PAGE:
As with any big project like recording an album’s worth of material, anything’s liable to change by the time the final product is ready to be heard. That being said, I plan to string together thirteen installments in this music video series, each featuring one of the aforementioned songs. And, understanding that anything can change, I’ll be releasing them here on the blog in the order I plan to sequence them on the album.
The first song up is “No Lights, No Sound.” Laptop Sessions regulars may recognize this as a video I’ve already recorded and posted over a year ago. However, this is the finalized version, with some slight lyric changes and additional verses. This song is a rare case of old lyrics re-emerging on a new song. The story here is that, a few months ago, I came across the lyrics for an old song that I never really committed to, but had always liked a few lines from. I thought they might fit nicely into this song, and with a few alterations, I think they do.
In a lot of ways, this is one of the simplest songs on the list, a tune that started as I walked around my room in the dark almost two years ago. I was home alone, my capo on the second fret from having played another song (which I’ve since forgotten), and the first line sort of came to me: “The lights are off; there’s no one around…” I wrote this and the first chorus, but that was it for a while. It wasn’t until months later that I added the middle section and new verses. Then, this past April, I deleted a verse and added two more in.
“No Lights, No Sound” is a song that has weathered several phases in my recent life, a track that has been conceived, shaped, and reshaped by these phases and survives in its current form with a scheduled slot as the opening track of The 2010 Project.
I hope you like this one. For some reason, even though my allergies haven’t been hitting me as hard as they probably will soon, my voice wasn’t at its peak today. That being said, I feel that worked for this solo acoustic performance.
So, without further ado, here is the first installment in the series — hurry back every day this week and both days of the weekend for new posts!
This has been quite a year, one of new beginnings and of new avenues pursued. I’ve spent much of the year working on my weekly music reviews, so as the new music year begins for me today with the release of the Decemberists’ The King is Dead, I thought this would be the best time to put things in perspective and set goals for 2011.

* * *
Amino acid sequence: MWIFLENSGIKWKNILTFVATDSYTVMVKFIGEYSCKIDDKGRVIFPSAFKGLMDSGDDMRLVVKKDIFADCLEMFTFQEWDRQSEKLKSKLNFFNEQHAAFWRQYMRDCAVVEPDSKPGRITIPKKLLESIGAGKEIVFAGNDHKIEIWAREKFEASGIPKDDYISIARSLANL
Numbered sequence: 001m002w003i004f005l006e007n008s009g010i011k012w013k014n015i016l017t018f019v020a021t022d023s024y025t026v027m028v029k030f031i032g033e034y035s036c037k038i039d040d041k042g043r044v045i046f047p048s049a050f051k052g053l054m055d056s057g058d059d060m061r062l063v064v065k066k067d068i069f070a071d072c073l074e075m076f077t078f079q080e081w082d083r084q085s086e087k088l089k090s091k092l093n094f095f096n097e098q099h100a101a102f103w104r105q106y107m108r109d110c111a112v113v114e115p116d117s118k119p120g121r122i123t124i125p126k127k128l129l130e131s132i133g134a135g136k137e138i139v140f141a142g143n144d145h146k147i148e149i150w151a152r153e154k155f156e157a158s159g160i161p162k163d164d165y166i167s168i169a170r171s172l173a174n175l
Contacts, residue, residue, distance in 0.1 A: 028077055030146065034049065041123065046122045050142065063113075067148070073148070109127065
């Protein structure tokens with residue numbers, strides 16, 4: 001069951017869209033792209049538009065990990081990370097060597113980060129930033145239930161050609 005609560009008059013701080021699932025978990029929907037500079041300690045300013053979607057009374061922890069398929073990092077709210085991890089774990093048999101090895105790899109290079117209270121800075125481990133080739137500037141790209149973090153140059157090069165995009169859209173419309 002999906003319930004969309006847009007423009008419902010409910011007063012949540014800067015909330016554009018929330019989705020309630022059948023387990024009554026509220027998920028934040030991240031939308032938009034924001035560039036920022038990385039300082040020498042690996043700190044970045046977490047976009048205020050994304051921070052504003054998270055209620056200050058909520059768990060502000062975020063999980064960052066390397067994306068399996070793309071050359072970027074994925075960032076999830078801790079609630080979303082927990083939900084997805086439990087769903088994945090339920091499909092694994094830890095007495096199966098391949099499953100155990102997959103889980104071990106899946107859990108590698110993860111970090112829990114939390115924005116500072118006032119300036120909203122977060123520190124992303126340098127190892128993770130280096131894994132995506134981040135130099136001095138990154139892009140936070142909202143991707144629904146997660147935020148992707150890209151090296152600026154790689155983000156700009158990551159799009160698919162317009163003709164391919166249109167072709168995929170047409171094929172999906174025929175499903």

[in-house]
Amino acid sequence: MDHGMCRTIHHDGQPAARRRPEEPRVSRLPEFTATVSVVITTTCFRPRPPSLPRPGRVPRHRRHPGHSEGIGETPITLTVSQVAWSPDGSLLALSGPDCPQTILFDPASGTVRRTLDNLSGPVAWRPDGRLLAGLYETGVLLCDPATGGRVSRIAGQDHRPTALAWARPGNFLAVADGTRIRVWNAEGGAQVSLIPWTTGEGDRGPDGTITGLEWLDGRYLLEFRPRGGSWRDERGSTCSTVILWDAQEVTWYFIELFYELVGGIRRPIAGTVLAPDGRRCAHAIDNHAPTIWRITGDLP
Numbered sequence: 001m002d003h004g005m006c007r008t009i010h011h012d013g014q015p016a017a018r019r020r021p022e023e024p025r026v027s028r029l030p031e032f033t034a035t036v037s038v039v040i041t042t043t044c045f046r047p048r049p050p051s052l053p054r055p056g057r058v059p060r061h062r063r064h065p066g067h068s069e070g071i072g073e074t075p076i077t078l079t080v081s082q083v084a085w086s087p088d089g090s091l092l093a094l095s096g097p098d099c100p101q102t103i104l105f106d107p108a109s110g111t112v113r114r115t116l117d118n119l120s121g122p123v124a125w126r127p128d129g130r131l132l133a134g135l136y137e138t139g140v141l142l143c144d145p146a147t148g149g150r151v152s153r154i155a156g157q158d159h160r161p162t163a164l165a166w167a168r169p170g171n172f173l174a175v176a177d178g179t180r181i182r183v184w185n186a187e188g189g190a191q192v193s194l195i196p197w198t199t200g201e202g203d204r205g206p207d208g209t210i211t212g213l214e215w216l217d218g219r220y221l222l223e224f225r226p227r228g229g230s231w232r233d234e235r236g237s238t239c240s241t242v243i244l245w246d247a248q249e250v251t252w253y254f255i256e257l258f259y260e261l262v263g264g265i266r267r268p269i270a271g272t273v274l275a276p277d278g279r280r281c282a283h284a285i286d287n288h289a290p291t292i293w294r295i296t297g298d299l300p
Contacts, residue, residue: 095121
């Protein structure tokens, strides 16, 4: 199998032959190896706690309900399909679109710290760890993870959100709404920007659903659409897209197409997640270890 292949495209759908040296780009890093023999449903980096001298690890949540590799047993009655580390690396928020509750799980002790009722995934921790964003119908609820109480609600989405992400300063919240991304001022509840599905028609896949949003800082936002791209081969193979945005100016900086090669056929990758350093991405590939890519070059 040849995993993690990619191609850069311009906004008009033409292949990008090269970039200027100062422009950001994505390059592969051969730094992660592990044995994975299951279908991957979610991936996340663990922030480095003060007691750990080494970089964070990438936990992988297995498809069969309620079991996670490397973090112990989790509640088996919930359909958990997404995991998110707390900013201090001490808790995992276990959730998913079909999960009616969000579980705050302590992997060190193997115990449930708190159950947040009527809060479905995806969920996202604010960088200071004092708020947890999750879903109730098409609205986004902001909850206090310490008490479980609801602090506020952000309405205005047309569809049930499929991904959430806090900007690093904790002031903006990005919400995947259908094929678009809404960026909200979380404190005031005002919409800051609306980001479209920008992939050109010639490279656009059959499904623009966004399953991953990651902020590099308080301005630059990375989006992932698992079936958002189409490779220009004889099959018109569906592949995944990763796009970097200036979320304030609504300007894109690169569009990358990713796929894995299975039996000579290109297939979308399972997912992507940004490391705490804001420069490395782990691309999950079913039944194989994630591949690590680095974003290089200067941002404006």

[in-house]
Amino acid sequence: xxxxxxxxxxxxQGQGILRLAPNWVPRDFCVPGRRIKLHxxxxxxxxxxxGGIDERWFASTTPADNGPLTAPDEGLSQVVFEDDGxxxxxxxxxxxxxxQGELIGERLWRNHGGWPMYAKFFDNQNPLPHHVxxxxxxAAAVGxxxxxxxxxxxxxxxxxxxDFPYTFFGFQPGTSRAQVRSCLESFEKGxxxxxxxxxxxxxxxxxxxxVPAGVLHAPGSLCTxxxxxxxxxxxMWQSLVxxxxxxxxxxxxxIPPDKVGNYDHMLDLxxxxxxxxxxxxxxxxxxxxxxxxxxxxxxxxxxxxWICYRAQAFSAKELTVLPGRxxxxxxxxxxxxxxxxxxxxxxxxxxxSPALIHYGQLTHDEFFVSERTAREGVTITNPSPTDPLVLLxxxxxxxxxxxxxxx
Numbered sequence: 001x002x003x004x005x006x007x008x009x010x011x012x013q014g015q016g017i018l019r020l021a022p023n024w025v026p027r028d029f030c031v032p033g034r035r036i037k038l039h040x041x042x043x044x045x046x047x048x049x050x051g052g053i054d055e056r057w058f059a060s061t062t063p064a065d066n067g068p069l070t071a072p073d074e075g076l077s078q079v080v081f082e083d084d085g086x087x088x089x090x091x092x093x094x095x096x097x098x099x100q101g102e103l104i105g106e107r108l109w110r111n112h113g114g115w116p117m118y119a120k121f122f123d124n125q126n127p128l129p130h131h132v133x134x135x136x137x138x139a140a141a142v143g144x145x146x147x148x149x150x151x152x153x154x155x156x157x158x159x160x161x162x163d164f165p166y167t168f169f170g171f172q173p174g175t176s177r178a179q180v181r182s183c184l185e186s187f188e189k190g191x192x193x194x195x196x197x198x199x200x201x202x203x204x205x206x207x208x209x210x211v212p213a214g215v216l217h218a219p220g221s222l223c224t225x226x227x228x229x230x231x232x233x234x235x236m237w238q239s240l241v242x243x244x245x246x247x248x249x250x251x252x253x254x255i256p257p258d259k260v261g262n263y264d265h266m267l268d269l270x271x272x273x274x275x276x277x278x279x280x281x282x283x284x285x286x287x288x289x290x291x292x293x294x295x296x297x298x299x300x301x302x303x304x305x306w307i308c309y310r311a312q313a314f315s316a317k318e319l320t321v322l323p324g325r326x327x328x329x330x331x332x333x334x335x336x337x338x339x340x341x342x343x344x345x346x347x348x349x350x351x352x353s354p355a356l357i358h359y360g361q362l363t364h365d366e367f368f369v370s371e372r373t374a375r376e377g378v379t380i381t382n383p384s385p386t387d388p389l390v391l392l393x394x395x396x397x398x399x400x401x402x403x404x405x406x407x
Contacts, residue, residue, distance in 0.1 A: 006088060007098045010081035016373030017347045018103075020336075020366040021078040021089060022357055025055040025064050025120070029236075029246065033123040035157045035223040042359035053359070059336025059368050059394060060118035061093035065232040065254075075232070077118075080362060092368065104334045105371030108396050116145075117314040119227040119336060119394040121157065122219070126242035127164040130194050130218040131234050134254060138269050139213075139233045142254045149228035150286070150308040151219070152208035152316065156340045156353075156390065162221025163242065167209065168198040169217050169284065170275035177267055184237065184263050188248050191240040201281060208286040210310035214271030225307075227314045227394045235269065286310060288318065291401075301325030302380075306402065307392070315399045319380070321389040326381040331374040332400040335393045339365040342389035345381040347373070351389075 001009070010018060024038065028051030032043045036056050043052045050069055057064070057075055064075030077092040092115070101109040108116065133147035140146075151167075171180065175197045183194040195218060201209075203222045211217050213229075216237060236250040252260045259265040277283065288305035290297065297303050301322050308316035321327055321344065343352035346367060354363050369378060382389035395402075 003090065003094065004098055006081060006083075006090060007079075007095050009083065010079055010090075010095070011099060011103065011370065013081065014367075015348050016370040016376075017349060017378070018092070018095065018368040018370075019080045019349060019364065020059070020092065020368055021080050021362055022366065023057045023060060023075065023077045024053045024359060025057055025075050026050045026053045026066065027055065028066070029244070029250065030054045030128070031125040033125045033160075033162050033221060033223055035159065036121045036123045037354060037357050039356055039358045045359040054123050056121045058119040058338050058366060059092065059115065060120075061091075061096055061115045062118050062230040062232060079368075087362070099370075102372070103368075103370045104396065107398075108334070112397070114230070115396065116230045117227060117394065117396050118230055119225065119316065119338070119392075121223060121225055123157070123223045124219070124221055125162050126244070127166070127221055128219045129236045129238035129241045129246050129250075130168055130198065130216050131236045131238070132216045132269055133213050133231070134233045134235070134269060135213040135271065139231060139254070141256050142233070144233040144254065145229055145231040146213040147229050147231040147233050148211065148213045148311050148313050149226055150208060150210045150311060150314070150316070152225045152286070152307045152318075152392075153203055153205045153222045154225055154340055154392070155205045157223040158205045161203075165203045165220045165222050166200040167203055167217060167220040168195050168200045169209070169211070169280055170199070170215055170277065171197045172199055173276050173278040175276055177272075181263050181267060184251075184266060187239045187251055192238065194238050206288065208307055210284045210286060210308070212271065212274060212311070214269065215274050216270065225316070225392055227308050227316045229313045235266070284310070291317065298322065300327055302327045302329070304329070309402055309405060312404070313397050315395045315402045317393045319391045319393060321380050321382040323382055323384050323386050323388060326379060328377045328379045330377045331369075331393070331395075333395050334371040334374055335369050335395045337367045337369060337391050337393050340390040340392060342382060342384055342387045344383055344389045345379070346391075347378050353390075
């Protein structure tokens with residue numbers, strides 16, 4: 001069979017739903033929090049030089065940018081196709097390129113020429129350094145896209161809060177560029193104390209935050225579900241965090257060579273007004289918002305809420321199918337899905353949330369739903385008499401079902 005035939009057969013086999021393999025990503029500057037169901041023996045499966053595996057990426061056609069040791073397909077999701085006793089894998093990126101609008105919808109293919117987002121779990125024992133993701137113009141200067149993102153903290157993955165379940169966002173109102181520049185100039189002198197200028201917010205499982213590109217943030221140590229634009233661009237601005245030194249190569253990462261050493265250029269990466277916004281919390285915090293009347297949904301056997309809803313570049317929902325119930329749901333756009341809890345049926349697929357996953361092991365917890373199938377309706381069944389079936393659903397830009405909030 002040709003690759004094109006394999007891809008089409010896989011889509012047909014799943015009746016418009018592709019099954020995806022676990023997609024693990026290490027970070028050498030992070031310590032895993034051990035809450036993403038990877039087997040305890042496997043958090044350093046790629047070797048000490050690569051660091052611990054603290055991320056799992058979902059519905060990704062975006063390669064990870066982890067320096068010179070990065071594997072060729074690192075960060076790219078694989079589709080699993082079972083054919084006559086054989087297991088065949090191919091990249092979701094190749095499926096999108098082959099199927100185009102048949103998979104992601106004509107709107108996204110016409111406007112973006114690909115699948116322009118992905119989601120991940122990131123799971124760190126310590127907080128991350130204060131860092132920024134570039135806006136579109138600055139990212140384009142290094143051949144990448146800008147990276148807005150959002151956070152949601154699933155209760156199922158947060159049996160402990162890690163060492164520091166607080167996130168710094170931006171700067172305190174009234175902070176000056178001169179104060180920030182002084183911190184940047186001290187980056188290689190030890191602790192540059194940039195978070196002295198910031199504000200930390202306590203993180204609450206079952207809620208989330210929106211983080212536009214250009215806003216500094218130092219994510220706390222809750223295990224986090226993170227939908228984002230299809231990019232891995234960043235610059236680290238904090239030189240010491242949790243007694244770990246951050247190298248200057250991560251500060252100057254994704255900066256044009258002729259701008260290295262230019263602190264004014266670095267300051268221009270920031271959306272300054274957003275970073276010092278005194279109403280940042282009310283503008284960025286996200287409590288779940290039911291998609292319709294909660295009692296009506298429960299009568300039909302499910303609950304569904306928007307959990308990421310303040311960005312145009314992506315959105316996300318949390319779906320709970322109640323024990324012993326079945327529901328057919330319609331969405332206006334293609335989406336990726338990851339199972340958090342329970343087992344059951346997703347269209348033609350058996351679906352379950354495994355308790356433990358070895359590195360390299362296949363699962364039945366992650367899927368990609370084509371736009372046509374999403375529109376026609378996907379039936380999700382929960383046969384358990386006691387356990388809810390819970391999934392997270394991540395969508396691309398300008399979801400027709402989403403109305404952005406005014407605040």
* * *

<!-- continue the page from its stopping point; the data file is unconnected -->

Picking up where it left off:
First of all, I’ll be taking the month of February off and plan to return to the blog some time during March or so. At that point, I’ll have had time to think over what specific commitments I’ll be making in terms of videos and the Weekend Review, and I’ll return to posting the decent number of Guest Sessions that have been submitted over the last couple months. Until then, here’s a quick sketch of what I’ll be spending my time on.
The 2010 Project
I was a little less than halfway through the recording of my first solo album in four years when I stalled for school (both teaching and being taught). Since my graduate class ended a month ago, I have yet to delve back into recording, and it hasn’t been for a lack of desire. So, over the next month, I’m making the time for these songs before they gather so much dust that I lose the passion and momentum I feel for them now. (If you’re interested, I’m keeping a detailed record of my recording process at the all-new www.chrismooremusic.com.)
I’ve kept a notebook with me much of the past year, and the result (which is more than three-quarters complete) is what will be my third collection of poetry, to be titled 52 Pickup. It’s a fifty-two poem sequence that tracks the dissolution of relationships (both romantic and otherwise) and how one copes with loss and subsequent reassessment. I’ve been writing often the past couple weeks and many of the poems I’ve written should make the cut. (You can also read updates on that as they come at my website.)
Other January/February obligations and activities will include midterm exams, the closing out of the first semester of the school year, helping to organize two charity benefit events at school, and a slew of one-off commitments. Thanks to my friend Mike, I’m hooked on Arrested Development and Dexter and nearing the end of both, and I’m gearing up to be as supportive of my girlfriend Nicole’s student teaching as she has been during my past several years of teaching. And last, but certainly not least, there’s a tremendous music opportunity that has presented itself to me. It’s called the Dry-Knuckle BedHeads, and while it pains me to say this, I’m going to keep that under wraps until I return.
So, until we meet again, take care and “see you next session”!